I have a stalker. He texts me, without fail, every other day: "I miss you," and "are you alive," and "we need to talk," even though I haven't responded to a single message since January.
I don't really know who's on the other end of these texts. Even more confusing: They don't know me. To them, my name is a work order — a microtask on a computer screen.
See, three months ago, I signed up for this thing called Invisible Boyfriend: a fascinating service that, for $25 a month, manufactures "social proof" of a significant other who doesn't actually exist. The applications of such a service are many and varied: to avoid a nagging mother, maybe, or to avoid coming out.
I, like every other writer on the Internet beat, wanted a story out of Invisible Boyfriend. But after the story published, I kept forgetting to log in and cancel the darn thing — a bit of idiocy that has cost me $75. But it's also allowed me to watch the uncanny transformation of an already uncanny service.
"At the beginning, a lot of people were trying to break the service, basically," said the company's co-founder, Matt Homann. "But then the media people dropped out, and the novelty wore off — and now people are using it just to have conversations."
This is not, it must be noted, what Homann built Invisible Boyfriend for. He conceived of it in practical, no-nonsense terms: a shield against the modern annoyances of nosy parents or pesky co-workers.
But in the three months since, a "use case" has emerged that Homann and his colleagues never thought of. Today, most of the site's users subscribe because the anonymous workers behind it are so good at faking love. Better than anyone, even Homann, could have predicted.
This is sort of comical, when you consider the actual technology and labor that power my "invisible boyfriend's" texts. Every other day, in the case of my account, the company places a new job order on CrowdSource, a crowdsourcing platform that pays remote contractors pennies to complete menial business tasks. Texting me then appears, as a job, on the internal dashboard of CrowdSource's half a million U.S.-based employees — 42 percent of whom hold a bachelor's degree, and all of whom have passed a series of three writing tests for the privilege of texting weirdos like me.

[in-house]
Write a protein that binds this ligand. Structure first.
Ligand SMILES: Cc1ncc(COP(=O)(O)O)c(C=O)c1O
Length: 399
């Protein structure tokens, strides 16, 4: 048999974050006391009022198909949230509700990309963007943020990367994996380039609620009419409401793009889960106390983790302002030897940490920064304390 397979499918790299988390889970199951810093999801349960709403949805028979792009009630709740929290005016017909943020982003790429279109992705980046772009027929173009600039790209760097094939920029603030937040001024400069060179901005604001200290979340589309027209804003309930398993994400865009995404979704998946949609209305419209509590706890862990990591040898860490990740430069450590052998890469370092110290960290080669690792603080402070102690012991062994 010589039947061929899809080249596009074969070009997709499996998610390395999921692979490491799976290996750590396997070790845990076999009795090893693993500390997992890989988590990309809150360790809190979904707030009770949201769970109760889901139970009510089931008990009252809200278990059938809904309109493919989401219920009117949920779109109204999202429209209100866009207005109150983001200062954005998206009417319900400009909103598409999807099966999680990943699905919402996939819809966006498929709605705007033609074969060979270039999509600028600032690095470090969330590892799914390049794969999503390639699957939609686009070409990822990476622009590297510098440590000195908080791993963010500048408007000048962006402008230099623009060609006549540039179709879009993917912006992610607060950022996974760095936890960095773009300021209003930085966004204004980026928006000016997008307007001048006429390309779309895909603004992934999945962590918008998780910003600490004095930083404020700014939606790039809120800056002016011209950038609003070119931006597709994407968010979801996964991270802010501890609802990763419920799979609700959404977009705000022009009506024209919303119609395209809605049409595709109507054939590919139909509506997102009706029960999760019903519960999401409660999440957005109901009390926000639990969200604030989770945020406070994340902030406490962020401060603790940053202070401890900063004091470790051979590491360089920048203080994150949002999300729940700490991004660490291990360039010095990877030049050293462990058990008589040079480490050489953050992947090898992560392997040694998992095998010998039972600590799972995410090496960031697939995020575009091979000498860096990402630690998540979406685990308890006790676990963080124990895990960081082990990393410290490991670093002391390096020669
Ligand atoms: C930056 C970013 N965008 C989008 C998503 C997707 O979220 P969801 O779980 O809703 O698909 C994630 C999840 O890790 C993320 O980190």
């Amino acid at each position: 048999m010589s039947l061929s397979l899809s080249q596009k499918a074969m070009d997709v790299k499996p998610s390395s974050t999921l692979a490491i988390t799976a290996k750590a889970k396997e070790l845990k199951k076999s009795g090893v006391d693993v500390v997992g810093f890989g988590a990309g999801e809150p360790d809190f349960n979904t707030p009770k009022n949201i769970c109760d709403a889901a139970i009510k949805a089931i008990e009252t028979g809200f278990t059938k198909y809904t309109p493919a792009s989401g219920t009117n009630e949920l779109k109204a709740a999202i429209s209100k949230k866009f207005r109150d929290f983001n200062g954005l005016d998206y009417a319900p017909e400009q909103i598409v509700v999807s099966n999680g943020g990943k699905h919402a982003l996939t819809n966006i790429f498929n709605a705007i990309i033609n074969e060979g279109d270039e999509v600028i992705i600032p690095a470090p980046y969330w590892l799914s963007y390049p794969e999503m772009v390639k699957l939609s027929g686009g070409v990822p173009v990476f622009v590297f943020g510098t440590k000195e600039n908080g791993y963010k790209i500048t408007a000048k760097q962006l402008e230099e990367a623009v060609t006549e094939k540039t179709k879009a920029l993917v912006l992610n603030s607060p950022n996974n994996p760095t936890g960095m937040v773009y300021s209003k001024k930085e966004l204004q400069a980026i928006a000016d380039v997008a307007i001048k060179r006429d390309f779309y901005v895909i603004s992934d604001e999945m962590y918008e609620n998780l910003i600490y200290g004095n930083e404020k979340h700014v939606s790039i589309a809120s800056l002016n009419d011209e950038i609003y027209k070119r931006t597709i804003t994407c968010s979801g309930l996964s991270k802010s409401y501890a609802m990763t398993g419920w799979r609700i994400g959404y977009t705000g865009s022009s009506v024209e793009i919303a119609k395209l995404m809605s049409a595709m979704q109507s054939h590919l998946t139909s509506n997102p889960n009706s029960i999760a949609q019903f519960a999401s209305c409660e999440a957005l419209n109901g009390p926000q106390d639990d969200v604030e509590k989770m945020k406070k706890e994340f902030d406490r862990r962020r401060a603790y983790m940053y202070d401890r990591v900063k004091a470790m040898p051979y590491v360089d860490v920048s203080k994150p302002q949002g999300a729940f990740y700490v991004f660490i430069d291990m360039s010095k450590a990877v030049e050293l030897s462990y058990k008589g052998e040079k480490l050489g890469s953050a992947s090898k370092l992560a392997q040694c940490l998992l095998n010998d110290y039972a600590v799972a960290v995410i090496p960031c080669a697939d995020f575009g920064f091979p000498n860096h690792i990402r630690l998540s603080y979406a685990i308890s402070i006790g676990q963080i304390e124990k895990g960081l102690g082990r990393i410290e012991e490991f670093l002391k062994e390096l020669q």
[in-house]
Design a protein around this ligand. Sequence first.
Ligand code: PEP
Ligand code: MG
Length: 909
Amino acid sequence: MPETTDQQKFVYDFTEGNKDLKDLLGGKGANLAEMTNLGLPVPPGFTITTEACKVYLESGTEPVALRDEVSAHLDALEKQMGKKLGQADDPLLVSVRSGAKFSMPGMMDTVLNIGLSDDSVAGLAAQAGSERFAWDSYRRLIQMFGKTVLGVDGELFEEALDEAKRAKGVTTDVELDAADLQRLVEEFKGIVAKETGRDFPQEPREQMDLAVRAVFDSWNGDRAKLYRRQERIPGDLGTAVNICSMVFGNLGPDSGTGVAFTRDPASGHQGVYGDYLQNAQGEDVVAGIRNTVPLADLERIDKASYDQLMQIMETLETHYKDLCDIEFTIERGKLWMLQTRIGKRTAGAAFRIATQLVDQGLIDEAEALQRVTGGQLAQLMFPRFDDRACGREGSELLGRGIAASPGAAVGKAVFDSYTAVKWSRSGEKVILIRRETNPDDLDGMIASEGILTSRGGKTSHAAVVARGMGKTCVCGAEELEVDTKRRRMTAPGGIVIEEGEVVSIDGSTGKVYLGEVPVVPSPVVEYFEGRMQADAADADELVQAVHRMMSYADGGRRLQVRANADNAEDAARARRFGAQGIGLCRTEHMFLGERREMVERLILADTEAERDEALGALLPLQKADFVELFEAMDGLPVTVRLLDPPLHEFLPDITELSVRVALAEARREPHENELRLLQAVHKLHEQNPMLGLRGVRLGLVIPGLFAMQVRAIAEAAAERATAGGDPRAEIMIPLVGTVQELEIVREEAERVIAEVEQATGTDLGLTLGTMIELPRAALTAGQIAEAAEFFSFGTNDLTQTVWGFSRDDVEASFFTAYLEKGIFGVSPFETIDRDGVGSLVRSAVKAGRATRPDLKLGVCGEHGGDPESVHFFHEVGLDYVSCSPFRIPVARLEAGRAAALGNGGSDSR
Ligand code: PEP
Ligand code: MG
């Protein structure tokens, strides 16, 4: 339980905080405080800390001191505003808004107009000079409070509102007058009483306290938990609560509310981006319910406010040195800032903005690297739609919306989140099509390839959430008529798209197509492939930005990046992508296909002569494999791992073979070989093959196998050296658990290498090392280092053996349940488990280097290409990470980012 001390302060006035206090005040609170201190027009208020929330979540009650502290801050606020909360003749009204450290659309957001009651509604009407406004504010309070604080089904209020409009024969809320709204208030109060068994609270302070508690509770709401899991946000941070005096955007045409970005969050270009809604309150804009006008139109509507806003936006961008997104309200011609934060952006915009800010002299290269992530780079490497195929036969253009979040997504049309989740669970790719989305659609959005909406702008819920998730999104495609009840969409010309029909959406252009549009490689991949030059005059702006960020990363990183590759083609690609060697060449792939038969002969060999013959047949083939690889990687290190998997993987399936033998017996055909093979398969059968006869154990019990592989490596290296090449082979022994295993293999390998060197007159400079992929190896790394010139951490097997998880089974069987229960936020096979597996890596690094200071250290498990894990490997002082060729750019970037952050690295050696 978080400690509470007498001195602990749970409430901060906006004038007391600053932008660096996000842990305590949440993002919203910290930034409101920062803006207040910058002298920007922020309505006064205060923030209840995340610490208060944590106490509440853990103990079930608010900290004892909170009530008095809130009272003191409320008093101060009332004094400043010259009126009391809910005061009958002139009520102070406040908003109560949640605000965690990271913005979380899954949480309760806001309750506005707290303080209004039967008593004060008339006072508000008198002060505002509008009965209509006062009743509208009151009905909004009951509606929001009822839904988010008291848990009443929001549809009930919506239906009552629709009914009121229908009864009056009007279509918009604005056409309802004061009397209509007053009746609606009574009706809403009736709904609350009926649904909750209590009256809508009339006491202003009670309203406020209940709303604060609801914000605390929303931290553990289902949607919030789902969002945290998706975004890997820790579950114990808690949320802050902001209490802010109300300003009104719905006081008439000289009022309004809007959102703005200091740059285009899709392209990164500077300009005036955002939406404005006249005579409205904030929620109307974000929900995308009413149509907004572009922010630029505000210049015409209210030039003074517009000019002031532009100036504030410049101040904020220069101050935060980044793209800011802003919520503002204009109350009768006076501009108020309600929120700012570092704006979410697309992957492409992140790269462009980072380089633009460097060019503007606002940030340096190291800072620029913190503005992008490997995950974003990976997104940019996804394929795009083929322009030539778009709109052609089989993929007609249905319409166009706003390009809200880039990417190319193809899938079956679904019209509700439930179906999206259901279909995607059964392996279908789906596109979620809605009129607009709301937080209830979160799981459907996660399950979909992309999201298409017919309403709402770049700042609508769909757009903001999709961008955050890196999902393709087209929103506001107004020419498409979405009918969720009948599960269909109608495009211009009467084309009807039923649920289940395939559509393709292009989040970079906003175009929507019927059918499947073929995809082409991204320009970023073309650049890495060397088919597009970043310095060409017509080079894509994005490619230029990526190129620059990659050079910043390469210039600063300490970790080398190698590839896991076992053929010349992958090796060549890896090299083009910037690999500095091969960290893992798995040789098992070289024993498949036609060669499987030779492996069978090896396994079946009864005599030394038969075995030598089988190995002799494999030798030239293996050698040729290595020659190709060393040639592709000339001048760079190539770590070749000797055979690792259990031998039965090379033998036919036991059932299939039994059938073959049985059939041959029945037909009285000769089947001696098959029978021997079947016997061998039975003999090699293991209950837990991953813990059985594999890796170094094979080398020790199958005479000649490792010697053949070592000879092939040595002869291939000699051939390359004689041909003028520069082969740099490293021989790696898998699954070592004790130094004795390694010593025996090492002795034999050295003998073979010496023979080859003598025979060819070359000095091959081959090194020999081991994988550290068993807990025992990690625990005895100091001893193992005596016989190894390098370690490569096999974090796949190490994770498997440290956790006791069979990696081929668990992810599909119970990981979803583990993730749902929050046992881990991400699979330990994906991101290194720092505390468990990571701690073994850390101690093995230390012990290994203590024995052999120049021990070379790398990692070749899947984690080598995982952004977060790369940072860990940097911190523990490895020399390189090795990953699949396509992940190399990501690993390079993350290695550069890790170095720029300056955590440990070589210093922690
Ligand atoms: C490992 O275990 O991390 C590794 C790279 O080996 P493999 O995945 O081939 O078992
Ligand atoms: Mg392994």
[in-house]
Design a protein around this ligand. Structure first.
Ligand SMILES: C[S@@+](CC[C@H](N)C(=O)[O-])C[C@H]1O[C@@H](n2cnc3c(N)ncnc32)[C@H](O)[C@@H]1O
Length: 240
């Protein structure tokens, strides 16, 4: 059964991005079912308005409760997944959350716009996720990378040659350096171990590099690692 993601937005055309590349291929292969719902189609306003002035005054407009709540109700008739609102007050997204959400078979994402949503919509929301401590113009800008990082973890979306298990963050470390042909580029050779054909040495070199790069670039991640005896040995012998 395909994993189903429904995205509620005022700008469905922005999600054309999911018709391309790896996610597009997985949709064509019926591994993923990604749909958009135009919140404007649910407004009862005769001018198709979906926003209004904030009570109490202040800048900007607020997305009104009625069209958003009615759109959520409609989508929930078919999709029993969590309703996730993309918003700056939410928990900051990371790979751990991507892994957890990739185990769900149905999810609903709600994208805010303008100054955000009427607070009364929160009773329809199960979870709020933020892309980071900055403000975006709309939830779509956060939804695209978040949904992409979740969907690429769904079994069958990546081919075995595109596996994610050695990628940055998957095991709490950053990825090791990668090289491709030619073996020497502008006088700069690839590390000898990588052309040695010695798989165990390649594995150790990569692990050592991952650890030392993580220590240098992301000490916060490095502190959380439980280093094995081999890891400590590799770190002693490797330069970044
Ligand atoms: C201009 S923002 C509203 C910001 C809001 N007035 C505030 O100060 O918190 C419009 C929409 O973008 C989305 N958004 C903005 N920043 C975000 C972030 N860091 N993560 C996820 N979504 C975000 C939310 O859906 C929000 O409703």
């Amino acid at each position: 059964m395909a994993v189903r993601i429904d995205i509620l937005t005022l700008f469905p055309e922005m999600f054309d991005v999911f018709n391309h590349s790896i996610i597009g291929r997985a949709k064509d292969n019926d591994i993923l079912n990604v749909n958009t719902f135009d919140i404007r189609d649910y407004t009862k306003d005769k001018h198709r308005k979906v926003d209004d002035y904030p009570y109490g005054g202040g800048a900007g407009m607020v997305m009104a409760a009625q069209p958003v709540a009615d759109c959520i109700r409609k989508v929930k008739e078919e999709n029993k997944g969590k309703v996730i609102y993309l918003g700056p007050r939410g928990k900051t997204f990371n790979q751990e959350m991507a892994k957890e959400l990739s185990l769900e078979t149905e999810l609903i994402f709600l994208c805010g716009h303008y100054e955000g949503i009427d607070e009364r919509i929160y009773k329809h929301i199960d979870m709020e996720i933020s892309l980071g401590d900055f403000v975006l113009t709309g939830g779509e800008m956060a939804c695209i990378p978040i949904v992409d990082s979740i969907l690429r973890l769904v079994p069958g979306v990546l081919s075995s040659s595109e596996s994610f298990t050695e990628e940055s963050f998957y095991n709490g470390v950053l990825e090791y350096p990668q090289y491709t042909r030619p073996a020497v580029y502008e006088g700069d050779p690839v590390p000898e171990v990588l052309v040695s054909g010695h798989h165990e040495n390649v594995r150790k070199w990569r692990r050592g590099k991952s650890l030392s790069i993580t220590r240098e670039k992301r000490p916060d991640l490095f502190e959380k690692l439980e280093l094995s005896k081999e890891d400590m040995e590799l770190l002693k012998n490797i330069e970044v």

Every other day, some unemployed grad or stay-at-home mom surfs that CrowdSource dashboard and picks up my task; they see my name, my location, my recent message history. They see that I never text back.
Given little guidance on how the conversation should go, they dash off messages that are, by turns, funny or provocative or totally bland — little anonymous bursts that communicate more about them than about my fictional boyfriend.
"It's an interesting in-between," Homann said. Both users and workers know they're only play-acting as part of a paid service. But still: They're interacting with another human.
That knowledge has, apparently, made some CrowdSource workers uncomfortable; earlier this year, I heard from one of the women who'd been texting me, a stay-at-home mom who stopped taking Invisible Boyfriend jobs because the messages got too intimate. People wanted to share personal secrets or, against the site's terms of service, sext.
"I have access to much higher paying and respectable jobs on Crowdsource," she told me. "I'm staying away from these texts."
It's easy, I think, to understand her unease: The very concept of paying for intimacy, conversational or otherwise, is anathema in our society. It's pathetic, desperate, undignified, to admit to being lonely. And it's also somehow incongruent, maybe inappropriate, to insist on demonstrations of humanity from a low-paid, on-demand contract worker. That person belongs to an economic system that — arguably, by its design — erodes its workers' humanity.
And yet, Invisible Boyfriend seems to have embraced the weird, semi-anonymous intimacy it disavowed on launch. Since January, the company has introduced new features — like gifts and handwritten notes — that further the illusion of a relationship between customer and contractor. Invisible Boyfriend's talking points have also subtly changed: They no longer reject love between user and "boyfriend" in such an unequivocal way.
"That's the beauty of the service," the site says in its new FAQ. "You get to practice texting with real humans without worrying about them judging or rejecting you."
Homann is unsure what the next three months will bring for Invisible Boyfriend, but the company is testing features that will make conversations feel even more real. That's what users have said they want.
And workers, well — for 5 or 10 cents a text, they'll deal.